“If the percentage of students passing the Algebra I exam falls to 63 percent from 72 percent, and the passing grade is scheduled to increase by 9 points in coming years, should the test be made easier?” That’s the question facing New York state education officials, according to the New York Times.

In 2013, the State Board of Regents decided too many high school graduates were unprepared for college. They revamped English and Algebra I exams required for graduation and made plans to raise the passing score to a “college-ready” level.

Pass rates have fallen on new Core-aligned exams. Statewide, less than a quarter of students met the “college-ready” level in Algebra I. Here are sample questions, which seem easy to me.

It’s even worse in New York City, where “only 52 percent of students passed the 2015 exam, down from 65 percent the previous year on the old exam,” reports the Times. “Just 16 percent reached the ‘college-ready’ level.”

Among the ideas the city is considering: having fifth graders take math with a specialized instructor instead of one teacher for all subjects; teaming up with local universities to get more sixth- and seventh-grade math teachers certified in math instruction; creating summer programs for middle- and high-school students who are struggling in math; and training middle-school and algebra teachers in how to address students’ “math anxiety.”

Mayor Bill de Blasio has pledged that all students will have access to algebra in eighth grade by 2022, and all students will complete algebra by the end of ninth grade.

At Park East High School in Manhattan, most students enter doing math below grade level, yet 91 percent of students who took the Algebra I Regents this year passed it.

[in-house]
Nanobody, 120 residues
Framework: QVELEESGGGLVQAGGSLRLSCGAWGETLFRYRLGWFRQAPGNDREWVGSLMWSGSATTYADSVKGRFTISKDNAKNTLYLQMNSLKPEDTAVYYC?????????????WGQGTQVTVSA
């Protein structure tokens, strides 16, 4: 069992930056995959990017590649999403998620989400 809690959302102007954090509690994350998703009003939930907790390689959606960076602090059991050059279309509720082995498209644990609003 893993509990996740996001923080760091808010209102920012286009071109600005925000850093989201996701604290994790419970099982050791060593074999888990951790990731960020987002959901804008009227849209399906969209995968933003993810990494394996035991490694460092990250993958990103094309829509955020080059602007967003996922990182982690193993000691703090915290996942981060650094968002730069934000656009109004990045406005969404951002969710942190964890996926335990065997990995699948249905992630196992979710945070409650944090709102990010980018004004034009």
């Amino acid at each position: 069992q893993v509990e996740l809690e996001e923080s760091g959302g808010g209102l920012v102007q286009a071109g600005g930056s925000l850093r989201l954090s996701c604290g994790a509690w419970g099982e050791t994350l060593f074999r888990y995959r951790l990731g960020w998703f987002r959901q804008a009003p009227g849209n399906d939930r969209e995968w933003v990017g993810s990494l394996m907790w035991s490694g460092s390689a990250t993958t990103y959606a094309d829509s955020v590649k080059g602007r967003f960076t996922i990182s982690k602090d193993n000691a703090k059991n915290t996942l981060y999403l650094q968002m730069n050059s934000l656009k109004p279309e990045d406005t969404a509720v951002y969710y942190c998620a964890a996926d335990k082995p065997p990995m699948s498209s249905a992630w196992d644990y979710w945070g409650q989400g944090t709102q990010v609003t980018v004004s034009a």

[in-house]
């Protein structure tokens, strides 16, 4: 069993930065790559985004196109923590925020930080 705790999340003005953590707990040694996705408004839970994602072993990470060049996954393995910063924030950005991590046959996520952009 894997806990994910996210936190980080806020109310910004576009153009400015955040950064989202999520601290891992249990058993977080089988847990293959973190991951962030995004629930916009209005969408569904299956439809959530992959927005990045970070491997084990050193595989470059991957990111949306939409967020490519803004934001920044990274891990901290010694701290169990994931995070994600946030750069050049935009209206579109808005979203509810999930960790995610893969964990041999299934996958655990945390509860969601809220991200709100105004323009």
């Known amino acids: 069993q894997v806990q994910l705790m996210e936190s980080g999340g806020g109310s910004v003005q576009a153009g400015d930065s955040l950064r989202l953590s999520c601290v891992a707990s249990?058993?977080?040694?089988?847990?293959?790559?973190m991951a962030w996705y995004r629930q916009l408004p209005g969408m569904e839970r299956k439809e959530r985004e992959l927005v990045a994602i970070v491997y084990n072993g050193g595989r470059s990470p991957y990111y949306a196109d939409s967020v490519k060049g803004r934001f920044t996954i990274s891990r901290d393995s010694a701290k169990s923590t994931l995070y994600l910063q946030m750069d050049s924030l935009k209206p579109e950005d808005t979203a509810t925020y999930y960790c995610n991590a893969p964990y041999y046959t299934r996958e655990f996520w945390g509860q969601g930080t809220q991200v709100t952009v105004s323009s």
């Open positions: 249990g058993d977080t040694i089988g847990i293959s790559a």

Ninth graders have two periods of algebra each day, which crowds out art, music and health.

Duncan will resign as ed secretary


Education Secretary Arne Duncan

Arne Duncan, a member of President Obama’s original Cabinet, will step down as Education secretary in December.

His deputy John B. King, Jr., will replace him.

John B. King, Jr. in April. Photo: Michael Nagle, New York Times

John B. King, Jr. in April. Photo: Michael Nagle, New York Times

As New York’s state education commissioner, King was a staunch defender of Common Core standards and tests. reported the New York Times. He was shouted down at public forums. The state teachers’ union called for his resignation.

The son of a former principal and a guidance counselor, King grew up in Brooklyn. Both parents died of illness when he was 12.

He was a fourth grader at Public School 276 in Canarsie the year his mother died of heart failure, he told the Times. “His teacher that year, Alan Osterweil, was dynamic and creative, encouraging him to read Shakespeare and memorize the leaders and capital of every country in the world. Later, Celestine DeSaussure, a social studies teacher whom the children called Miss D, made him the sportscaster in a fake Aztec newscast.”

King earned his undergraduate degree from Harvard, his master’s in teaching of social studies from Columbia, his law degree from Yale and his education doctorate from Columbia.

He taught social studies, co-founded the high-performing Roxbury Preparatory Charter School in Boston and was a leader at Uncommon Schools, a charter network.

He is married and has two daughters.